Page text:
Generating MLST profiles from short-read data

There are now several available options if you want to call MLST profiles from whole-genome data.

Result from the DTU MLST web server


The web server at the Center for Genomic Epidemiology at the Danish Technical University is probably the easiest option, with the advantage that it will accept both raw read files and assemblies. It worked well when I tried it, however it was quite slow to return results and if you are uploading large read datasets it will take some time, particularly if you are analysing a large number of samples. It also does not have all of the MLST database listed (I wanted to use C. albicans).


BIGSdb is a powerful and flexible web server software that can be installed on your local PC or server. It offers the ability to call MLST profiles from assembled genome data, as well as setting up your own typing schemes based on other epidemiologically informative marker genes. But non-bioinformaticians may find it a little tricky to set up.

Update: There is also a hosted version of BIGSdb which lets you cut-and-paste your de novo assembly into the sequence query form and get profiles out, available for a certain subset of the MLST databases (more available on request to Keith Jolley).


SRST comes from Kat Holt’s group in Melbourne. It runs on your local machine and is notable because it calls profiles from short-read data without prior de novo assembly. It gives a confidence score to assignments. As it has some dependencies (BWA, samtools, BLAST) and runs as a Python script it is probably best run on a Linux machine or a Mac.

I found it works quite well on the Illumina data I tried, however there are a few tips for getting it running that are probably worth documenting for other users.

  • The alleles files should be named gene.fas and geneshould be identical to the FASTA header lines in the file, as well as the column names in the STs file.
  • The alleles in the alleles file should be named gene-N where N is the number of the allele. Note if you have a different separator than a hyphen you can specify this with the –name-sep argument, but having no separator is not allowed (as I think is the case with the Cork E. colidatabase).
  • You need an older version of samtools to run this properly, I used samtools-0.1.12a. Newer versions don’t work.

Roll your own (suggested by Anthony Underwood, HPA)

Of course what many people do is first perform a de novo assembly, perhaps with Velvet, and then BLAST the contigs against the MLST allele database. You can then inspect the results manually, or write a little script to collect the results into a profile. If you have one you’d like to share, please post the link in the comments below. Here’s my Python script for what it’s worth …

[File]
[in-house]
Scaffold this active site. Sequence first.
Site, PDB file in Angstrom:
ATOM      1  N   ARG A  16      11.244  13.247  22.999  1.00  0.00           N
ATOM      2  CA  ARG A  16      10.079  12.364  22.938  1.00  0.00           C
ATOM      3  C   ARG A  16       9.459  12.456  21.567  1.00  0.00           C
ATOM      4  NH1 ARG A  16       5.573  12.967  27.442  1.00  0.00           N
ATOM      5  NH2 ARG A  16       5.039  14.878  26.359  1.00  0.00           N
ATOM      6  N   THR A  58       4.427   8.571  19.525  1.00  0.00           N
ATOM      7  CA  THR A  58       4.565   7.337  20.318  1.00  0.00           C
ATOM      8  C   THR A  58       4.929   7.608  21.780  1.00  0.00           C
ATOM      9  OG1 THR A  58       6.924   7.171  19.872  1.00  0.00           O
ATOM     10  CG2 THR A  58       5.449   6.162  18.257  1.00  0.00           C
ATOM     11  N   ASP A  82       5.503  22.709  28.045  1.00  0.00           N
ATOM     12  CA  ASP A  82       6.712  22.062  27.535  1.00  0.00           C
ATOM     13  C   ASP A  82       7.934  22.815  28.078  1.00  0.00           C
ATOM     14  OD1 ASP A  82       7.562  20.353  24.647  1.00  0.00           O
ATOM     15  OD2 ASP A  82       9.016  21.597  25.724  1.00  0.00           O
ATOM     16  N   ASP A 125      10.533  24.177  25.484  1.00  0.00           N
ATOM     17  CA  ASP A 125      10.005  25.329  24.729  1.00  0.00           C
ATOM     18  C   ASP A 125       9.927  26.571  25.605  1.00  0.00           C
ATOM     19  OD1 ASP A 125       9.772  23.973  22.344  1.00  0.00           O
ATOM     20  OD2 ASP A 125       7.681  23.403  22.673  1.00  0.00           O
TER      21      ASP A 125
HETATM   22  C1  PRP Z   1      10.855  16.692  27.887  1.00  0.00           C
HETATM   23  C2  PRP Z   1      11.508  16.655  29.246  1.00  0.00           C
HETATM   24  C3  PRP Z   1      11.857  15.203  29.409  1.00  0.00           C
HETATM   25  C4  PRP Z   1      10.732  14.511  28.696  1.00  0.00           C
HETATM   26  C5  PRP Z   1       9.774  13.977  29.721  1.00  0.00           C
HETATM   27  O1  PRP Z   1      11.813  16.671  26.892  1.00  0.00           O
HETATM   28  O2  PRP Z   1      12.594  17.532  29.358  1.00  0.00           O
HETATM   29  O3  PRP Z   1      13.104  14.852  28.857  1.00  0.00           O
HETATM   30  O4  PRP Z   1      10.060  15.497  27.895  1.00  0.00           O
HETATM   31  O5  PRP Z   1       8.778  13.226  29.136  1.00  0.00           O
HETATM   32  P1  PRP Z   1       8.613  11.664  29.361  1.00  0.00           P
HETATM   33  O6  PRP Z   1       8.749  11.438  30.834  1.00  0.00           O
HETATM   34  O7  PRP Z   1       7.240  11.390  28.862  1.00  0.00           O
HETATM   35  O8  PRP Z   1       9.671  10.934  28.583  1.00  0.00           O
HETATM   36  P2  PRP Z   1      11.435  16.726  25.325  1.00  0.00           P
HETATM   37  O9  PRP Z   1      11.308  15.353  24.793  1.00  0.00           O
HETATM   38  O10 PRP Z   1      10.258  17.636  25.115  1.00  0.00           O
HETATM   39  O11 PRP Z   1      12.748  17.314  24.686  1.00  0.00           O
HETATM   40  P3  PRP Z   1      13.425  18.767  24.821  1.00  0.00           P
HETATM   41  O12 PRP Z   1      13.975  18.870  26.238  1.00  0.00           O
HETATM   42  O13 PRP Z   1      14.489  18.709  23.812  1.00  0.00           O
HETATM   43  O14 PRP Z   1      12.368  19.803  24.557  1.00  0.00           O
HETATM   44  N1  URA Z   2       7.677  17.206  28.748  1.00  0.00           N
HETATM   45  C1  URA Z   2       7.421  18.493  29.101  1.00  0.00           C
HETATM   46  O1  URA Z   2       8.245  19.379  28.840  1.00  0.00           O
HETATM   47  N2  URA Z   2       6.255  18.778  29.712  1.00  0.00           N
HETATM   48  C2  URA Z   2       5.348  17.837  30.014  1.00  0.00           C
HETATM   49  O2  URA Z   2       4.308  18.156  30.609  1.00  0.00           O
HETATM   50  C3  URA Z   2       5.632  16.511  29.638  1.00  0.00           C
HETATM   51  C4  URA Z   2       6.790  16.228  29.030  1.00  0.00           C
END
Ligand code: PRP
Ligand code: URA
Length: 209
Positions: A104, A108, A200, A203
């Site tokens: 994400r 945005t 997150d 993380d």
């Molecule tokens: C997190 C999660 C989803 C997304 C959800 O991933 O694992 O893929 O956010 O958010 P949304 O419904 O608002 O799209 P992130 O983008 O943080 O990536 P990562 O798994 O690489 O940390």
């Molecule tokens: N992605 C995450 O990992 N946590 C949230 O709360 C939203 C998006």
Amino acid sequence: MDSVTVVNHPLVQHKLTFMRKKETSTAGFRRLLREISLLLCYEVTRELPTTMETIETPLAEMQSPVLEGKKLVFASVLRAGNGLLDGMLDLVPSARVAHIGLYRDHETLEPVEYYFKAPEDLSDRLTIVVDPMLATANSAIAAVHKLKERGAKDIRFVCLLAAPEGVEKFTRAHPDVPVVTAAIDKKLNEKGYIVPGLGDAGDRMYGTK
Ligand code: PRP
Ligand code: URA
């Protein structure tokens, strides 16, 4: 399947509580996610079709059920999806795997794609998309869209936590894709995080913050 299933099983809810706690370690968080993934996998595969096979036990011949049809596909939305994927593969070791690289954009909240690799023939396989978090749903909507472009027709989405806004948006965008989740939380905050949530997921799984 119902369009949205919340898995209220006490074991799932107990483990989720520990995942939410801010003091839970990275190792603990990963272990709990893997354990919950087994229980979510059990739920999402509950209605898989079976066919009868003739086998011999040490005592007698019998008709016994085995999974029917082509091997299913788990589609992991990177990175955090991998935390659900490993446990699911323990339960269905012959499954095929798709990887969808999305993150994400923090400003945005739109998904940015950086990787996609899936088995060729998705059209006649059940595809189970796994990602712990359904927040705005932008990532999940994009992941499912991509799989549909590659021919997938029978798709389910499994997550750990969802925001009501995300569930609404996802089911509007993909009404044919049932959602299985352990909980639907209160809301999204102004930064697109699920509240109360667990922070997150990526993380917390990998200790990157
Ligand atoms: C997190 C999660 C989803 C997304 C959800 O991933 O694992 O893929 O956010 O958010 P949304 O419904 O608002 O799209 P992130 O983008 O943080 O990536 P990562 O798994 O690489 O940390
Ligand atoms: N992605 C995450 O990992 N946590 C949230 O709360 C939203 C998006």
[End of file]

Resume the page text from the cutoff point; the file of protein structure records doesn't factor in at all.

• Larsen MV, Cosentino S, Rasmussen S, Friis C, Hasman H, Marvig RL, Jelsbak L, Sicheritz-Pontén T, Ussery DW, Aarestrup FM, Lund O. Multilocus sequence typing of total-genome-sequenced bacteria. J Clin Microbiol. 2012 Apr;50(4):1355-61. PMID: 22238442.
  • Inouye M, Conway TC, Zobel J, Holt KE. Short read sequence typing (SRST): multi-locus sequence types from short reads. BMC Genomics. 2012 Jul 24;13:338. PMID: 22827703.
  • Jolley KA, Maiden MC. BIGSdb: Scalable analysis of bacterial genome variation at the population level. BMC Bioinformatics. 2010 Dec 10;11:595. PMID: 21143983.

7 Responses

  1. Anthony Underwood
    Anthony Underwood
    October 9, 2012 at 4:40 pm |

    Interested to see the mention of SRST. How fast is it? There’s a pipeline developed by the Sanger Institute using ICORN ( but it’s slow compared to a de novo assembly and blast based approach.

  2. Keith Jolley
    Keith Jolley
    October 10, 2012 at 7:39 am |

    It’s worth noting that many of the databases hosted on are run on the BIGSdb platform. If the scheme you’re interested in is one of these then you can copy and paste whole genome contigs in to the sequence query form within the appropriate database pages. We also have some of the more commonly used schemes that are hosted on other sites available at Schemes can be added here on request (I’ve just added C. albicans).

  3. Keith Jolley
    Keith Jolley
    October 10, 2012 at 8:57 am |

    Biallelic data is a bit of a problem. BIGSdb was really designed for haploid data so it doesn’t really know about nucleotide ambiguity codes. Internally it’s just using BLAST to identify the nearest matches and that seems to work fine for exact matches of alleles with ambiguity codes, but may give a slightly misleading answer when it identifies variable positions if it’s not an exact match.

  4. Anthony Underwood
    Anthony Underwood
    October 10, 2012 at 3:08 pm |

    As far as I can see the ICORN solution is not publicly available, though I believe it is their intention to do so. However on a recent visit to the WTSI they indicated they are now using a different mapping based approach and am in the process of trying to clarify what this is. Will update when I have more details.

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